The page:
With over fifty years of history and a high public profile, the Australian of the Year Awards are somewhat unique. It is unusual for such a programme to have broad public support and the endorsement of its national government. In the USA the Time Magazine 'Man of the Year' (more recently 'Person of the Year') predates the Australian award by 33 years, but the Time award has not been reserved for any particular nationality. Furthermore, it does not necessarily focus on positive role models and has chosen such figures as Adolf Hitler and Joseph Stalin. Elsewhere, the Canadian Club of Toronto honours a 'Canadian of the Year', but the award does not have a strong link with the national government. Since 2004 the 'Great Britons' awards programme has honoured such figures as author J.K. Rowling and Olympian Sebastian Coe, but relies almost entirely on financial support from the bank Morgan Stanley and the UK newspaper The Daily Telegraph.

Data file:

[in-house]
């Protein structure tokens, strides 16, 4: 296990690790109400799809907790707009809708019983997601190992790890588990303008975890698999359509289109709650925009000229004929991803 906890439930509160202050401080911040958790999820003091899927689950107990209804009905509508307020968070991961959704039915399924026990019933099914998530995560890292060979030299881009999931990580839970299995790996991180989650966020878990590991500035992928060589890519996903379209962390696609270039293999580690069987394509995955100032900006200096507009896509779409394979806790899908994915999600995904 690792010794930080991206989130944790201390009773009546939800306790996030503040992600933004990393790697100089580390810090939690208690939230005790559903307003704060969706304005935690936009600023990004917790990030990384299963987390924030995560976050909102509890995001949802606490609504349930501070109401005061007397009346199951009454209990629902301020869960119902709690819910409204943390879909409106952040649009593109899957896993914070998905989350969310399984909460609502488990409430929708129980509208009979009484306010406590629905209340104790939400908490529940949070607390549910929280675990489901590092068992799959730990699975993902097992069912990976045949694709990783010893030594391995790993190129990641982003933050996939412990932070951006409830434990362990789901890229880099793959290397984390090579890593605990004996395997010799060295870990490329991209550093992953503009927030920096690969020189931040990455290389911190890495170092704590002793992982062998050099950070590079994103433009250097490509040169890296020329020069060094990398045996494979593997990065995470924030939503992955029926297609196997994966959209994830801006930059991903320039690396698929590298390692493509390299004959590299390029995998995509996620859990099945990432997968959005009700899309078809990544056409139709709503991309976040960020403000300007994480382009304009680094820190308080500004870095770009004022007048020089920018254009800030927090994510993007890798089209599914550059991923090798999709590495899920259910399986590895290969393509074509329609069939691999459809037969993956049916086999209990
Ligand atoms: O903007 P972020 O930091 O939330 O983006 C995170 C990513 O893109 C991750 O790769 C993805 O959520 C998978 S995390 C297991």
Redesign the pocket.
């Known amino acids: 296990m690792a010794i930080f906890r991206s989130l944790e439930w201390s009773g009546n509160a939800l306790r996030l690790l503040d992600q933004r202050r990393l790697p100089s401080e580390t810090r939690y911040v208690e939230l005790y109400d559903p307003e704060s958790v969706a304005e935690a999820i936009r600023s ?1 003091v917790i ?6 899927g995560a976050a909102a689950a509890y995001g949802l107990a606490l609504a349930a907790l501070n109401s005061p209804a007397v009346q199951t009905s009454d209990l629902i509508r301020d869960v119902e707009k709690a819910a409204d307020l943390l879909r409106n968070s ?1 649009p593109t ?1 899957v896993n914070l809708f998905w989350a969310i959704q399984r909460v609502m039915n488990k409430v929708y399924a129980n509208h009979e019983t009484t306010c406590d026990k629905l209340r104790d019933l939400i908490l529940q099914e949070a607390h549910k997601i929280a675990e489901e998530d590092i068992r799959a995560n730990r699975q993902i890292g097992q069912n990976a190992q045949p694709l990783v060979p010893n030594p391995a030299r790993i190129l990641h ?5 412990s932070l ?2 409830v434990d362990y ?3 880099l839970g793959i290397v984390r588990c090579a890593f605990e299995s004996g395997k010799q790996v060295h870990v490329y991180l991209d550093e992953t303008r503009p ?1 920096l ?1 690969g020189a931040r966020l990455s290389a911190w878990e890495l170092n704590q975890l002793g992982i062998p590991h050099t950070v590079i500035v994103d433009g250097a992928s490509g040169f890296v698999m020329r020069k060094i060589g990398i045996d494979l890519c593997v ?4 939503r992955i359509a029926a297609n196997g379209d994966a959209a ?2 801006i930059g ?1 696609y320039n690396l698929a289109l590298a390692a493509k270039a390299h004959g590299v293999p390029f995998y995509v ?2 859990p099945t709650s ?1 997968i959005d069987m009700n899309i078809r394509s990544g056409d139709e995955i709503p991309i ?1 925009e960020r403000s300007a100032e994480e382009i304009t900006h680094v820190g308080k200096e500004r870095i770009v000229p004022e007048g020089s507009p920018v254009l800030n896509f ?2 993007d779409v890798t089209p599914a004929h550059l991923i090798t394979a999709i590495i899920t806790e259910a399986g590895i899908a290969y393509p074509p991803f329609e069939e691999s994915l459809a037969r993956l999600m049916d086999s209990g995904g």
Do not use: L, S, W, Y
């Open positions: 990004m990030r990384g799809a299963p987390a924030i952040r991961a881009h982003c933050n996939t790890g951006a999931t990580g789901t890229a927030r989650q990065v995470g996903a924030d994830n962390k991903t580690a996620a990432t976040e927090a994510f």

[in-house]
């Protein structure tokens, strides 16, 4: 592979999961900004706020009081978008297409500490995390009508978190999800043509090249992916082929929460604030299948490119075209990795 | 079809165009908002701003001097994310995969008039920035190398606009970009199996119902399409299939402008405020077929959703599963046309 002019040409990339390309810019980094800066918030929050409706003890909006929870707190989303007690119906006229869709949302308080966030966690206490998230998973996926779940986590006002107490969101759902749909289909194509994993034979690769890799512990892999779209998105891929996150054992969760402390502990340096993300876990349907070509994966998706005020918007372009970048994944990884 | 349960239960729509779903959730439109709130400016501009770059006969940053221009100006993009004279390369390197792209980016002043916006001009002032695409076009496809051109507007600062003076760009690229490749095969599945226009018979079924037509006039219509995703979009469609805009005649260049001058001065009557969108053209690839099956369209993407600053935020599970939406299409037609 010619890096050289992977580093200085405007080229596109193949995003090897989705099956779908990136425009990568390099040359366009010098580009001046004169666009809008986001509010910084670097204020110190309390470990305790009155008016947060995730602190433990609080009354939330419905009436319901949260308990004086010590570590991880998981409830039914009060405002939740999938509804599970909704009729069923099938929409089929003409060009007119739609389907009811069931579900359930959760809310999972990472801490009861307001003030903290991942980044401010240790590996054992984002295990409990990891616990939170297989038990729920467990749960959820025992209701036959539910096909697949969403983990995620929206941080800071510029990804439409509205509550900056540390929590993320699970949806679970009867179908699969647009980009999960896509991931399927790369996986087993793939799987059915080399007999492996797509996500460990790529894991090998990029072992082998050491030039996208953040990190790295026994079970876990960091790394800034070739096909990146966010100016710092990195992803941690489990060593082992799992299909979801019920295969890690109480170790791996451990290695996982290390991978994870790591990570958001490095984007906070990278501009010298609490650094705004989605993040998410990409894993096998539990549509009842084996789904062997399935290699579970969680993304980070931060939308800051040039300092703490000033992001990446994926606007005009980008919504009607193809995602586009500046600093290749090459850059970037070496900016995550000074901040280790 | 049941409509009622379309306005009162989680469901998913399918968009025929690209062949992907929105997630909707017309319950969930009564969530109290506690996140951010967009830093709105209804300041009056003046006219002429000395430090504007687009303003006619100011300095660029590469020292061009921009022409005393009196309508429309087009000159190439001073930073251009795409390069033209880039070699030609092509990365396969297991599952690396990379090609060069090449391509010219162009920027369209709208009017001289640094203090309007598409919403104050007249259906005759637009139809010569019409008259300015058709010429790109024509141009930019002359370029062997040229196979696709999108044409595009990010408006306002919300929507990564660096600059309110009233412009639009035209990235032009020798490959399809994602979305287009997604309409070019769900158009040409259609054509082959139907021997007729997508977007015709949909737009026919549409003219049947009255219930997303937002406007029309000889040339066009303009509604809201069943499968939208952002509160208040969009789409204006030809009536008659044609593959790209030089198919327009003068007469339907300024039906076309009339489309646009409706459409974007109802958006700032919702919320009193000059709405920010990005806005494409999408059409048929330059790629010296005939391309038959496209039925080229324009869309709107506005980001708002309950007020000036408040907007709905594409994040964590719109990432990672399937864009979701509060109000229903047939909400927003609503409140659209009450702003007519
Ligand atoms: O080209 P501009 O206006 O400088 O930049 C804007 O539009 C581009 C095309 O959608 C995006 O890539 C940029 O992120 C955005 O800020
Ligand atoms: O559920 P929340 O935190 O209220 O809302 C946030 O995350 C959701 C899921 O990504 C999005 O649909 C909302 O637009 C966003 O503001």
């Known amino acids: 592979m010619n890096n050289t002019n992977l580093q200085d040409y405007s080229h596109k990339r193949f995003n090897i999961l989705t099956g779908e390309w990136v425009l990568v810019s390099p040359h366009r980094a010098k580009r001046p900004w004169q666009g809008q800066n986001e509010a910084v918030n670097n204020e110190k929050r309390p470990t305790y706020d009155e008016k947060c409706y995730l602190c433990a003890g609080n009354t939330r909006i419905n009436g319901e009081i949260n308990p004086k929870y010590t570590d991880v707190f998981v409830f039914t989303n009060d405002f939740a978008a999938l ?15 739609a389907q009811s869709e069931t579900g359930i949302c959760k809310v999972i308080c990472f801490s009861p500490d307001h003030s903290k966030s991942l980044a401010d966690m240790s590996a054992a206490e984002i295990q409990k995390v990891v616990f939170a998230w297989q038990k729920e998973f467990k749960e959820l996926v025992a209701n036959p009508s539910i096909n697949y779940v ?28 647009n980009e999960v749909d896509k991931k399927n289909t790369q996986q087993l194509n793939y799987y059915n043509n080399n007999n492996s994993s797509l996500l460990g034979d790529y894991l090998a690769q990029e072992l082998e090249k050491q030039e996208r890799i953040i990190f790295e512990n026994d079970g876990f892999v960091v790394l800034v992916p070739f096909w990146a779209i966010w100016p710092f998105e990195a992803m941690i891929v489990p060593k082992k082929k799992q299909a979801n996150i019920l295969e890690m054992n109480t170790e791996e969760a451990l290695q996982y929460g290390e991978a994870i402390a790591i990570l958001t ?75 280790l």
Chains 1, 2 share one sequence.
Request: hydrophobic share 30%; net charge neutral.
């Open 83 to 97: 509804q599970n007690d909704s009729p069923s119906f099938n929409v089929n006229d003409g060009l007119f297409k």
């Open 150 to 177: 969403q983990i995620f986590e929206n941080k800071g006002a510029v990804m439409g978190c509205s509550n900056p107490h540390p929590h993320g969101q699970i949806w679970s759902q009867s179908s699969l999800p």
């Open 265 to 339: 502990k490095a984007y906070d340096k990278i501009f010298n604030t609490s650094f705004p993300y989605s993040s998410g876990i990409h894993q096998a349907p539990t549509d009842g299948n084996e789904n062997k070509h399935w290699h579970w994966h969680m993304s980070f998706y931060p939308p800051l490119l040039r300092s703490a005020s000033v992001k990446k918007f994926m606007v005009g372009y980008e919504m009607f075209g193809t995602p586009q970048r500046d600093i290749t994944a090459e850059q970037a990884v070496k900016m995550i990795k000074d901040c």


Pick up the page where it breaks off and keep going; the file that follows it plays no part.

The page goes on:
The Australian of the Year award receives substantial sponsorship from private companies, including a relationship in excess of thirty years with the Commonwealth Bank of Australia. The close relationship with the Australian Government ensures that the award's profile and reputation is significantly enhanced. "Nothing comes with this office except an inscribed chunk of green glass. There's no title; no stipend; no uniform; no official residence; nothing to pin in the lapel; and only the haziest of duties. What the winners are given is a voice."
- 1 Awards history
- 2 Young Australian of the Year
- 3 Senior Australian of the Year
- 4 Australia's Local Hero
- 5 Choosing the winners
- 6 Statistical profiles
- 7 Contemporary governance
- 8 Selection criteria
- 9 Announcements
- 10 Medallions and trophies
- 11 Australians of the Year Walk
- 12 Defining Australia
- 13 See also
- 14 References